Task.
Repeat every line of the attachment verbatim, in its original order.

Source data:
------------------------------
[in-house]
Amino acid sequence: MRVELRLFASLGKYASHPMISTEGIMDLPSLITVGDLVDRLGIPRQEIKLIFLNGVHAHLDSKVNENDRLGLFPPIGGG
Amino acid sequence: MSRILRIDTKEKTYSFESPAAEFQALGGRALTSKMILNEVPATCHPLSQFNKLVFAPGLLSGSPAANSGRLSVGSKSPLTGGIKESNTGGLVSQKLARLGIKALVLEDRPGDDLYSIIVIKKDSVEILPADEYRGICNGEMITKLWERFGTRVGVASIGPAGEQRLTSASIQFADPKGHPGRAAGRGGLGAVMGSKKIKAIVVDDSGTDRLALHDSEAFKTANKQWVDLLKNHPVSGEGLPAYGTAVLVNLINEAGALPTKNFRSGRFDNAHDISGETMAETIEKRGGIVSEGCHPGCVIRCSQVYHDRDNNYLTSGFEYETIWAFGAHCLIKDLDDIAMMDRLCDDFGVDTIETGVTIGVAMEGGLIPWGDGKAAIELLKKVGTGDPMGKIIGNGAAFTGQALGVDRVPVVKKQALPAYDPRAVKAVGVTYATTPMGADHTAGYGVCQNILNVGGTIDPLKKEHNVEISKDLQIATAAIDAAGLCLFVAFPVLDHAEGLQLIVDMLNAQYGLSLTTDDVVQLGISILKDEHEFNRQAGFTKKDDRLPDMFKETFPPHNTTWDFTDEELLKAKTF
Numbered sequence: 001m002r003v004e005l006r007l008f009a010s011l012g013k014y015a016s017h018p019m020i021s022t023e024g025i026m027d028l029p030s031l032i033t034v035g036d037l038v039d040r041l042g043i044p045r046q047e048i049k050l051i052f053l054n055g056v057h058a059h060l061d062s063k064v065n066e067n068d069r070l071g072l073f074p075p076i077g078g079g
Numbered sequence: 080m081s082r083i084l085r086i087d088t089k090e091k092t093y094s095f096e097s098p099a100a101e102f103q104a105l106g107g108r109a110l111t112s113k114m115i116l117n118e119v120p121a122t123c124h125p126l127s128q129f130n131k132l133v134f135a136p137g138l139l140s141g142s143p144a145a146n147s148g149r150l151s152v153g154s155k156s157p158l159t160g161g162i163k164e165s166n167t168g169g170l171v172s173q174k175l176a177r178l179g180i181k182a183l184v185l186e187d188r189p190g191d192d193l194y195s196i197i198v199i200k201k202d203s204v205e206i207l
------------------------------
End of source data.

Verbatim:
[in-house]
Amino acid sequence: MRVELRLFASLGKYASHPMISTEGIMDLPSLITVGDLVDRLGIPRQEIKLIFLNGVHAHLDSKVNENDRLGLFPPIGGG
Amino acid sequence: MSRILRIDTKEKTYSFESPAAEFQALGGRALTSKMILNEVPATCHPLSQFNKLVFAPGLLSGSPAANSGRLSVGSKSPLTGGIKESNTGGLVSQKLARLGIKALVLEDRPGDDLYSIIVIKKDSVEILPADEYRGICNGEMITKLWERFGTRVGVASIGPAGEQRLTSASIQFADPKGHPGRAAGRGGLGAVMGSKKIKAIVVDDSGTDRLALHDSEAFKTANKQWVDLLKNHPVSGEGLPAYGTAVLVNLINEAGALPTKNFRSGRFDNAHDISGETMAETIEKRGGIVSEGCHPGCVIRCSQVYHDRDNNYLTSGFEYETIWAFGAHCLIKDLDDIAMMDRLCDDFGVDTIETGVTIGVAMEGGLIPWGDGKAAIELLKKVGTGDPMGKIIGNGAAFTGQALGVDRVPVVKKQALPAYDPRAVKAVGVTYATTPMGADHTAGYGVCQNILNVGGTIDPLKKEHNVEISKDLQIATAAIDAAGLCLFVAFPVLDHAEGLQLIVDMLNAQYGLSLTTDDVVQLGISILKDEHEFNRQAGFTKKDDRLPDMFKETFPPHNTTWDFTDEELLKAKTF
Numbered sequence: 001m002r003v004e005l006r007l008f009a010s011l012g013k014y015a016s017h018p019m020i021s022t023e024g025i026m027d028l029p030s031l032i033t034v035g036d037l038v039d040r041l042g043i044p045r046q047e048i049k050l051i052f053l054n055g056v057h058a059h060l061d062s063k064v065n066e067n068d069r070l071g072l073f074p075p076i077g078g079g
Numbered sequence: 080m081s082r083i084l085r086i087d088t089k090e091k092t093y094s095f096e097s098p099a100a101e102f103q104a105l106g107g108r109a110l111t112s113k114m115i116l117n118e119v120p121a122t123c124h125p126l127s128q129f130n131k132l133v134f135a136p137g138l139l140s141g142s143p144a145a146n147s148g149r150l151s152v153g154s155k156s157p158l159t160g161g162i163k164e165s166n167t168g169g170l171v172s173q174k175l176a177r178l179g180i181k182a183l184v185l186e187d188r189p190g191d192d193l194y195s196i197i198v199i200k201k202d203s204v205e206i207l